What Are Probiotics?

Probiotics are living microorganisms (like bacteria and yeast) that live in our gut and support our digestive and immune health.1 The body is full of bacteria, both good and bad, and keeping these bacteria balanced is key to good health.

Too much bad bacteria can cause illness and infection, while good bacteria are essential to support daily gut function. Many people use probiotics as a supplement to keep the gut healthy and maintain plenty good bacteria.1

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Types of Probiotics

Probiotics can be found in both foods and supplements. There are different species of bacteria and types of yeast that make up the three primary probiotics on the market, these are: 

  • Bifidobacterium (bacteria) 
  • Lactobacillus (bacteria) 
  • Saccharomyces boulardii (yeast) 

There are many different strains of these primary probiotic species. When you check out a label on probiotic supplements or foods, you’ll often see names like “L. acidopholus” or “B. breve” which indicate the species (B for bifidobactirum, L for lactobacillus)

These probiotics are often found in foods that have been fermented, and the specific strain of bacteria or yeast might vary. This article talks more about the seven best probiotic foods.


What do Probiotics Do?

Each type of probiotic works a little differently based on its chemistry. Here are some of the different potential ways they work2:

  • Stopping pathogens (bacteria and viruses) from living in the gut
  • Stopping pathogens from sticking to the gut wall
  • Creating a healthy balance of gut bacteria
  • Supporting the immune system
  • Supporting gut/digestive health

These potential benefits from probiotics have led to research into using them as a treatment for conditions like irritable bowel syndrome, inflammatory bowel disease and antibiotic associated diarrhoea.2,3


Probiotic Supplements

Why take probiotic supplements? Many people use them to boost their gut health and immune system. Because our digestive system can help protect us from illnesses, keeping a balance of healthy bacteria is important.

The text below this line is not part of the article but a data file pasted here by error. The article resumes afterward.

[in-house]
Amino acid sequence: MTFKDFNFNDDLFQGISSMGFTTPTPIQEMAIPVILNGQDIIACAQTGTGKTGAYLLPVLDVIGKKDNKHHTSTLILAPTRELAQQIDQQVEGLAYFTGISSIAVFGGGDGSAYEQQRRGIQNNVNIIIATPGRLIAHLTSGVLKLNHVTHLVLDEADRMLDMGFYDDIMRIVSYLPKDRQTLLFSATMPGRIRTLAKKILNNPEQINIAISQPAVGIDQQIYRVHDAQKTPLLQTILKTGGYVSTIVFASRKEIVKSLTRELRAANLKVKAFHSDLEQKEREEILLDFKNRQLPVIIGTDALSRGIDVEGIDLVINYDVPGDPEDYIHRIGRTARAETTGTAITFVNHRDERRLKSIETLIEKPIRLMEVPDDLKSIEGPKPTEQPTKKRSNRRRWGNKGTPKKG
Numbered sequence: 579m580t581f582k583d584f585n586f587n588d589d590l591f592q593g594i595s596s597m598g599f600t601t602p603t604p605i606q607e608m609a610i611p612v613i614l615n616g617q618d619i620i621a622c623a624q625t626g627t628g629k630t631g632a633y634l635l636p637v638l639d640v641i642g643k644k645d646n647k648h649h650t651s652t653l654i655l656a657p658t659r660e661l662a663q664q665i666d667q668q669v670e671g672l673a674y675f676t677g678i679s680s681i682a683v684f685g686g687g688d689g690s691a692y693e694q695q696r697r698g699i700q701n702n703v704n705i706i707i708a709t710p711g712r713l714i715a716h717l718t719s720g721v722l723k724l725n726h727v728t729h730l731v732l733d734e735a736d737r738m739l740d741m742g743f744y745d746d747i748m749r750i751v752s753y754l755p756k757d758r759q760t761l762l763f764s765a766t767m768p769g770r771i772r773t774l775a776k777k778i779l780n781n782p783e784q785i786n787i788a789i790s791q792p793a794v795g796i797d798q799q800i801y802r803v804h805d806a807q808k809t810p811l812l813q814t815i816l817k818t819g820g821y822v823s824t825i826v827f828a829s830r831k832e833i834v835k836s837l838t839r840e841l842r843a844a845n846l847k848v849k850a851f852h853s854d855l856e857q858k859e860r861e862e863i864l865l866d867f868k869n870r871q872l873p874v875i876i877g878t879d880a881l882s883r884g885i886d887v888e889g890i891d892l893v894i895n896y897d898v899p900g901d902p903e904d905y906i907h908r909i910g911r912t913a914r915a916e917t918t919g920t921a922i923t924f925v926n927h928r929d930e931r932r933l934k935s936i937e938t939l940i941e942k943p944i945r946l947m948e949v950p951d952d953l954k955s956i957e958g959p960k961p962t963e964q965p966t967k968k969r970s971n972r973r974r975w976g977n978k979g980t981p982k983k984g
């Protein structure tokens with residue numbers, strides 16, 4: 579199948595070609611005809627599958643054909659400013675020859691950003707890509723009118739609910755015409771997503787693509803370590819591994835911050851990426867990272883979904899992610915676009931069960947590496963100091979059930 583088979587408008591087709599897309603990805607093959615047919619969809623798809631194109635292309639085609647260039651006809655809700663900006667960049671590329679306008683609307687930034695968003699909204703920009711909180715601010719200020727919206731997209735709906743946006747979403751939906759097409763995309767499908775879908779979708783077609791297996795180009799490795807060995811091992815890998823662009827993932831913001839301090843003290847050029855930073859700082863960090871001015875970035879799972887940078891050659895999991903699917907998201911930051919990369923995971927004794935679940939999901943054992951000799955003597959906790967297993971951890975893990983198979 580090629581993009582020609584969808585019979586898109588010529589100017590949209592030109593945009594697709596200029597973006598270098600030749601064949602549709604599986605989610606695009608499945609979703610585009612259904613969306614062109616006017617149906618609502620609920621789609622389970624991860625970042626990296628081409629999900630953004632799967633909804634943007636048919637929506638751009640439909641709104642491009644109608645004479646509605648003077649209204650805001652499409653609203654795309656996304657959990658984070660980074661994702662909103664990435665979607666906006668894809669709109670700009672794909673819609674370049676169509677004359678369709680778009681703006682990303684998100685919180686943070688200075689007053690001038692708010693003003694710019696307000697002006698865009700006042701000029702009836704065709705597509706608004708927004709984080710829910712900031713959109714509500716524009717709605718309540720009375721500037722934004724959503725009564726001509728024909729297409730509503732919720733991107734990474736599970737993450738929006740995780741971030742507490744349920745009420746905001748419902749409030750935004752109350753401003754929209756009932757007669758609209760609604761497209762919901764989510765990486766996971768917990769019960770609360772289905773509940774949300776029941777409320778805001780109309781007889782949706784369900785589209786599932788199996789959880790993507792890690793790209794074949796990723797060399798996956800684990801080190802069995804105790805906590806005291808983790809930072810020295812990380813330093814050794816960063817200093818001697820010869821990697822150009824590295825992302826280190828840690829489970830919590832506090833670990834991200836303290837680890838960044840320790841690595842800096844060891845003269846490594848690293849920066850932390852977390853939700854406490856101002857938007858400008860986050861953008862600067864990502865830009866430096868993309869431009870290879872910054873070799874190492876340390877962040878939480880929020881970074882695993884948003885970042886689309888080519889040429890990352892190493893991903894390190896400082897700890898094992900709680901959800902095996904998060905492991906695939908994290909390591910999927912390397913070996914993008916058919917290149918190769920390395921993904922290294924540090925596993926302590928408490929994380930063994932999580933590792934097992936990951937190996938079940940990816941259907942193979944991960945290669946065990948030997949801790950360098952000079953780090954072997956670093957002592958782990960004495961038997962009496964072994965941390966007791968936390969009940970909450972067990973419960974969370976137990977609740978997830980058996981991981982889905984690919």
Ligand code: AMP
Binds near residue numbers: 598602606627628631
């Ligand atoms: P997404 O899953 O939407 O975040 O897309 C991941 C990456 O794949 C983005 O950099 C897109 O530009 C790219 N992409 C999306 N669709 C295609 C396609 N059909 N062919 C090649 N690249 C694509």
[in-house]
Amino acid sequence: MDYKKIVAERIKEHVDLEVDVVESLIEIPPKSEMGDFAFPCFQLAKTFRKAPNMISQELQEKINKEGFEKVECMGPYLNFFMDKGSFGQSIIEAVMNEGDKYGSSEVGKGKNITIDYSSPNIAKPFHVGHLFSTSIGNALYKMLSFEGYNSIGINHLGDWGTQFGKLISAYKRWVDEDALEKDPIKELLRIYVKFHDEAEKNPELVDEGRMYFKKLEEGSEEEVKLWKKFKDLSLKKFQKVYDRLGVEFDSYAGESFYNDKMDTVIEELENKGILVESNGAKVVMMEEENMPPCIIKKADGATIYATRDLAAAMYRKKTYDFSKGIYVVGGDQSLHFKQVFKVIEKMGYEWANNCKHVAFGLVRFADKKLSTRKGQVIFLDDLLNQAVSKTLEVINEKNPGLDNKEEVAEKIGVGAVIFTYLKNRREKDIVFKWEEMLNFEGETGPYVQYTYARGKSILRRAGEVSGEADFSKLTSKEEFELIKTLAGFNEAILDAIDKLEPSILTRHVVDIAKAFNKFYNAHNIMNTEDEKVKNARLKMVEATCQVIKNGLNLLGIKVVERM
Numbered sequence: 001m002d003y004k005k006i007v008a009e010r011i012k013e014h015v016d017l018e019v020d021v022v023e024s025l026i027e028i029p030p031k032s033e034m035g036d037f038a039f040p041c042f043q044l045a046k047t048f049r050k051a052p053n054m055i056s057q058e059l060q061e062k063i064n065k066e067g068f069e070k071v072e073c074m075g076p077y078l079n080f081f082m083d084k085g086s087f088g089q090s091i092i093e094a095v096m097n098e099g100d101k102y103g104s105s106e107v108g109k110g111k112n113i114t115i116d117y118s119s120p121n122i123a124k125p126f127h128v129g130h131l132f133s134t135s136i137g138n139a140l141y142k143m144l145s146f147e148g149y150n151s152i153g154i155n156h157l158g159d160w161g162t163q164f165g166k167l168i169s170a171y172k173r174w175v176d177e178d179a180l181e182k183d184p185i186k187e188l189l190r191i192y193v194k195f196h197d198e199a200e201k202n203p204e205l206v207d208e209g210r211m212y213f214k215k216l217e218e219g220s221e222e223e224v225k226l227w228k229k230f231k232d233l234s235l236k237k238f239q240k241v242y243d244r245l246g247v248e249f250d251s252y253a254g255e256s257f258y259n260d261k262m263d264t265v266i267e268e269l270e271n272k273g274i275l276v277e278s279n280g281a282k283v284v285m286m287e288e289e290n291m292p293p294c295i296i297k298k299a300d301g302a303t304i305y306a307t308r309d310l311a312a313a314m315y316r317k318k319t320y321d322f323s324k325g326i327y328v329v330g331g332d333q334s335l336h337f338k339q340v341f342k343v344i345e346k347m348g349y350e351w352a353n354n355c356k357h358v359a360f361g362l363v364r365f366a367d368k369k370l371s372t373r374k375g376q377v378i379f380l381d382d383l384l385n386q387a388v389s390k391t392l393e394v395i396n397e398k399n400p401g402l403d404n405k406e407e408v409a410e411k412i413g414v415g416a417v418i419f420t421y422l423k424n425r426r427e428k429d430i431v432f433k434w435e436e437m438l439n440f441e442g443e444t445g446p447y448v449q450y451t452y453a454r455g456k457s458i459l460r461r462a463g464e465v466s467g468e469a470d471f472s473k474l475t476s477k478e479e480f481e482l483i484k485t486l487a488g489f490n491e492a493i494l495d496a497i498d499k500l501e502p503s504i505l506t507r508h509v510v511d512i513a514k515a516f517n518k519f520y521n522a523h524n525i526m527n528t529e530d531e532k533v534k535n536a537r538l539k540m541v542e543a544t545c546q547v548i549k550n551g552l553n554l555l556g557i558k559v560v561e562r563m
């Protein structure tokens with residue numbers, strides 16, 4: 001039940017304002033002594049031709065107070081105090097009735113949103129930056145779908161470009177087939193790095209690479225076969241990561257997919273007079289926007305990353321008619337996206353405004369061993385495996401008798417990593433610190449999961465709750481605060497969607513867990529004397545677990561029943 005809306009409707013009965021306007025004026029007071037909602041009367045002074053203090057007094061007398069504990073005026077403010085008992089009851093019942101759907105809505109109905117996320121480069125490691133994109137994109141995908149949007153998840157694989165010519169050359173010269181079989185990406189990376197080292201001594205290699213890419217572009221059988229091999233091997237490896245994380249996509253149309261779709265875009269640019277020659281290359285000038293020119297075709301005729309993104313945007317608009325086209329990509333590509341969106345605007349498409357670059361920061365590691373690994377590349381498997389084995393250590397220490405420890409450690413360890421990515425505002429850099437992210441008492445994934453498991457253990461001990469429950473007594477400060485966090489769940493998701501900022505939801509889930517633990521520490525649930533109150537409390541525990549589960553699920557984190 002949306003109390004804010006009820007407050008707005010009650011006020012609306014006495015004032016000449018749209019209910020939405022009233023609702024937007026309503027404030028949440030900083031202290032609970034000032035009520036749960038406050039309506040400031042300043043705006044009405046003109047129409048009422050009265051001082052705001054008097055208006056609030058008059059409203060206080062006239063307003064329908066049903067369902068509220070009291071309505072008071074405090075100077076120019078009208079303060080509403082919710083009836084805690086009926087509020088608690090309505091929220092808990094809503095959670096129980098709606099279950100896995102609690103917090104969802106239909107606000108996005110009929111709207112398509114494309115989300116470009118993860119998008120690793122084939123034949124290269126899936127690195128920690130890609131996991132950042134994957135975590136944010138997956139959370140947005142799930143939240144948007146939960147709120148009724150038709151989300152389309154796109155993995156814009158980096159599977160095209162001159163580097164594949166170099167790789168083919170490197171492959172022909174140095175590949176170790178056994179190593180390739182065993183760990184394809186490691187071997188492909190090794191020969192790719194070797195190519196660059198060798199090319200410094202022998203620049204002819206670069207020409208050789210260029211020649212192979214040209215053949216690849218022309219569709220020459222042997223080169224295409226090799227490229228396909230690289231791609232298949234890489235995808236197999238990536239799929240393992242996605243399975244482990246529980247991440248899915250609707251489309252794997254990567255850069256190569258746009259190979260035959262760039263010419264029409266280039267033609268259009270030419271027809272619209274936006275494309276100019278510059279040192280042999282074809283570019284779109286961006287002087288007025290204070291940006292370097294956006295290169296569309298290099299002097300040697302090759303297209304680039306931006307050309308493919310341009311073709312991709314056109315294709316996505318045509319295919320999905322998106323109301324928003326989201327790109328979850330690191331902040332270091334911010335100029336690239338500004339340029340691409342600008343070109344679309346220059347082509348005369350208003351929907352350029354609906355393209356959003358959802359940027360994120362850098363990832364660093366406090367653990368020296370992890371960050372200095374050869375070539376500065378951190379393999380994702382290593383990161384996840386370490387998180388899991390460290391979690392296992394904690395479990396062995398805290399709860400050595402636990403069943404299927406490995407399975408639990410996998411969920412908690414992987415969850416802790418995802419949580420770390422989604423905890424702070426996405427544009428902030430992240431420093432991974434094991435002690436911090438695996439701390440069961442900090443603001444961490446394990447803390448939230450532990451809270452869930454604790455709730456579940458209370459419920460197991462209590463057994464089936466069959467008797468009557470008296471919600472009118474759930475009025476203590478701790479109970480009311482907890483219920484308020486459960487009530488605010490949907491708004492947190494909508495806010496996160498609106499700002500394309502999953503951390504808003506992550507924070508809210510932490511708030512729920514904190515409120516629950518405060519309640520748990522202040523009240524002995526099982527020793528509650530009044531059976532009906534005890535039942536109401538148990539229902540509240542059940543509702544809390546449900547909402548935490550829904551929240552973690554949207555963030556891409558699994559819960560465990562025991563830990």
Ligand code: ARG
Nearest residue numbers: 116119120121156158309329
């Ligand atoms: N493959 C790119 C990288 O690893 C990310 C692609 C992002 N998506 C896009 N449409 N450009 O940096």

When you have to take an antibiotic for a bacterial infection, oftentimes the antibiotic also impacts healthy bacteria (like those in your gut). Using probiotics to support and replenish the healthy bacteria is a popular reason to use probiotics.

Probiotic supplements are not the only way to support your gut health – there are also many probiotic foods that are available. Many of these foods are either fermented (like kimchi or sauerkraut) and others have probiotics added during processing. Check out our full list of the best probiotic foods here.


Take Home Message

Probiotics are one way to help support your gut – which is key to our digestion, immune system, and even the gut-brain connection. Probiotics can come in several different forms, but there is a growing amount of research supporting their impacts to boost our health by keeping the good bacteria functioning well in our gut.1.2

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Our articles should be used for informational and educational purposes only and are not intended to be taken as medical advice. If you’re concerned, consult a health professional before taking dietary supplements or introducing any major changes to your diet.

  1. Sanders, M. E., Guarner, F., Guerrant, R., Holt, P. R., Quigley, E. M., Sartor, R. B., … & Mayer, E. A. (2013). An update on the use and investigation of probiotics in health and disease. Gut, 62(5), 787-796. 
  2. Reid, G. (2016). Probiotics: definition, scope and mechanisms of action. Best practice & research Clinical gastroenterology30(1), 17-25. 
  3. Fedorak, R. N. (2010). Probiotics in the management of ulcerative colitis. Gastroenterology & hepatology6(11), 688.

Claire Muszalski

Claire Muszalski

Registered Dietitian

Claire is a Registered Dietitian through the Academy of Nutrition and Dietetics and a board-certified Health and Wellness Coach through the International Consortium for Health and Wellness Coaching. She has a Bachelor of Science in Biology and a Master’s degree in Clinical Dietetics and Nutrition from the University of Pittsburgh.

Talking and writing about food and fitness is at the heart of Claire’s ethos as she loves to use her experience to help others meet their health and wellness goals.

Claire is also a certified indoor cycling instructor and loves the mental and physical boost she gets from regular runs and yoga classes. When she’s not keeping fit herself, she’s cheering on her hometown’s sports teams in Pittsburgh, or cooking for her family in the kitchen.

Find out more about Claire’s experience here.

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